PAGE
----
My name is Keri Leigh.
Keri is a variant of the Welsh Ceri, or the Irish/Gaelic Kerry, and means “black.”
As long as I can remember, I’ve always shied away from bright, happy things: bouncy, catchy songs, vibrant colors, and sunny days. I am a little dark—a little morose in my preferences—and to be honest, it’s something that I love about myself. I love the rain and sad songs and photography in black and white. I love ravens and their metaphors and stories with tragic endings because sometimes a sad ending is the only right one for a writer to write.
Leigh means “field,” or “plain,” and I think I resented that for a long while.
There was nothing about it to which I could relate and I hated the idea of being compared to an empty field or a barren place without purpose. It’s just a common name nestled between a first and last, one few people would ever know made only slightly more interesting by its exotic spelling. Together with my first name, Leigh sounds a little too Sweet Home Alabama for my taste, and hardly seems fitting for me—for who I am. I’m a firm believer that a name defines a person, and God forms us according to the name we will have.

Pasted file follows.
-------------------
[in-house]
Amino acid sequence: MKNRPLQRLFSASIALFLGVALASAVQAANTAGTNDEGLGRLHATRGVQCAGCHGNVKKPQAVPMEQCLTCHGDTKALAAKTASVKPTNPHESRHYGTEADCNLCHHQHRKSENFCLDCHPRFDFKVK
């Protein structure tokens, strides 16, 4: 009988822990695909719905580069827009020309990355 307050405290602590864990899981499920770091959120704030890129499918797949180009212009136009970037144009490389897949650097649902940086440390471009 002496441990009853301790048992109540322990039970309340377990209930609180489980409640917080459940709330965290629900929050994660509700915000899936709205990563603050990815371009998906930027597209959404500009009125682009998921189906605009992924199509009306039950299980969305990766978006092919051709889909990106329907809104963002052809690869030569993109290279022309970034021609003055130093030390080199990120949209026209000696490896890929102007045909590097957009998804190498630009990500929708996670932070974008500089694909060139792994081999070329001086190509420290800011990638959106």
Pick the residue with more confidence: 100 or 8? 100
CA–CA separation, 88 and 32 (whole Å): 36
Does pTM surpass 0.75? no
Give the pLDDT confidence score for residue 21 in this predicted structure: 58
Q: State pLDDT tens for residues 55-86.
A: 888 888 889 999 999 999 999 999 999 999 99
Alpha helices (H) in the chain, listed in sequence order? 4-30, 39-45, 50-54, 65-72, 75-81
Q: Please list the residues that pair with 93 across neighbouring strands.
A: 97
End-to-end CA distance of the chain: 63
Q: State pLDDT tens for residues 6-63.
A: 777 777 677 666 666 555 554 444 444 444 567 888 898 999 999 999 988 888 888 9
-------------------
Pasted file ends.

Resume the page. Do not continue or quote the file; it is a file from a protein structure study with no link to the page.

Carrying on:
So why did God call me Black Field?
It’s so obvious when you put it together, and I love how His kindness shows in the name that He gave me now that I understand it. It’s well known that rich soil is dark, thick with nutrients essential for supporting abundant life. I won’t go too deeply into the circle of life BS (mostly because I think people love the sentiment more than they do the truth of it), but I will say this: black soil is the foundation for birth, for growth, and rest in death.
…and while, for now, I may perceived as barren, God is doing a work in me that will produce fruit, children or no. With all my heart I want to be brimming with life and good things.
And I am sure of this, that he who began a good work in you will bring it to completion at the day of Jesus Christ.